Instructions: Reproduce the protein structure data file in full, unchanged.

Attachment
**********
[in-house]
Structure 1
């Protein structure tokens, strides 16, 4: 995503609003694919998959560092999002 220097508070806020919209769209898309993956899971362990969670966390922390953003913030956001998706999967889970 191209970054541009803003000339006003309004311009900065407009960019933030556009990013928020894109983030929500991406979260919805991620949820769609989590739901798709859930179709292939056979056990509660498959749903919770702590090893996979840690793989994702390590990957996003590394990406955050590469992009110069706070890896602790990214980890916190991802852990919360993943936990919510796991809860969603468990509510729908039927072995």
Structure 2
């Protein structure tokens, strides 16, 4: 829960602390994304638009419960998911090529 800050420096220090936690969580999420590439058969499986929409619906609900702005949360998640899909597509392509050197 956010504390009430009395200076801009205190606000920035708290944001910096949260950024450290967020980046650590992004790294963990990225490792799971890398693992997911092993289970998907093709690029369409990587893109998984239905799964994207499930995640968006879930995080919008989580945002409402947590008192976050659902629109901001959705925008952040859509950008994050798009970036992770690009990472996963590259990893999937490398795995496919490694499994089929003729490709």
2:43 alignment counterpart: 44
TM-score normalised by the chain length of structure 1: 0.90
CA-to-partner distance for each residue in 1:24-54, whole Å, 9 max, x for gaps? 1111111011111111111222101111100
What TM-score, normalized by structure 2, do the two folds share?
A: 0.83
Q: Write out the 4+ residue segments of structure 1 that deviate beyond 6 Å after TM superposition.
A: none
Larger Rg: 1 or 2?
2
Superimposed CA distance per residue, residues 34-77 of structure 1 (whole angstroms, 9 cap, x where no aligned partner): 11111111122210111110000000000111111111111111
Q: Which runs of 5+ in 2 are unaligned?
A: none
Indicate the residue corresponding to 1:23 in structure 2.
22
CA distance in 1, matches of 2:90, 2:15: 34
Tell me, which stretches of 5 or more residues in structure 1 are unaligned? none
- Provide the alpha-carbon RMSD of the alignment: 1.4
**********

[in-house]
Structure 1
């Protein structure tokens, strides 16, 4: 995503609003694919998959560092999002 220097508070806020919209769209898309993956899971362990969670966390922390953003913030956001998706999967889970 191209970054541009803003000339006003309004311009900065407009960019933030556009990013928020894109983030929500991406979260919805991620949820769609989590739901798709859930179709292939056979056990509660498959749903919770702590090893996979840690793989994702390590990957996003590394990406955050590469992009110069706070890896602790990214980890916190991802852990919360993943936990919510796991809860969603468990509510729908039927072995």
Structure 2
């Protein structure tokens, strides 16, 4: 829960602390994304638009419960998911090529 800050420096220090936690969580999420590439058969499986929409619906609900702005949360998640899909597509392509050197 956010504390009430009395200076801009205190606000920035708290944001910096949260950024450290967020980046650590992004790294963990990225490792799971890398693992997911092993289970998907093709690029369409990587893109998984239905799964994207499930995640968006879930995080919008989580945002409402947590008192976050659902629109901001959705925008952040859509950008994050798009970036992770690009990472996963590259990893999937490398795995496919490694499994089929003729490709």
2:43 alignment counterpart: 44
TM-score normalised by the chain length of structure 1: 0.90
CA-to-partner distance for each residue in 1:24-54, whole Å, 9 max, x for gaps? 1111111011111111111222101111100
What TM-score, normalized by structure 2, do the two folds share?
A: 0.83
Q: Write out the 4+ residue segments of structure 1 that deviate beyond 6 Å after TM superposition.
A: none
Larger Rg: 1 or 2?
2
Superimposed CA distance per residue, residues 34-77 of structure 1 (whole angstroms, 9 cap, x where no aligned partner): 11111111122210111110000000000111111111111111
Q: Which runs of 5+ in 2 are unaligned?
A: none
Indicate the residue corresponding to 1:23 in structure 2.
22
CA distance in 1, matches of 2:90, 2:15: 34
Tell me, which stretches of 5 or more residues in structure 1 are unaligned? none
- Provide the alpha-carbon RMSD of the alignment: 1.4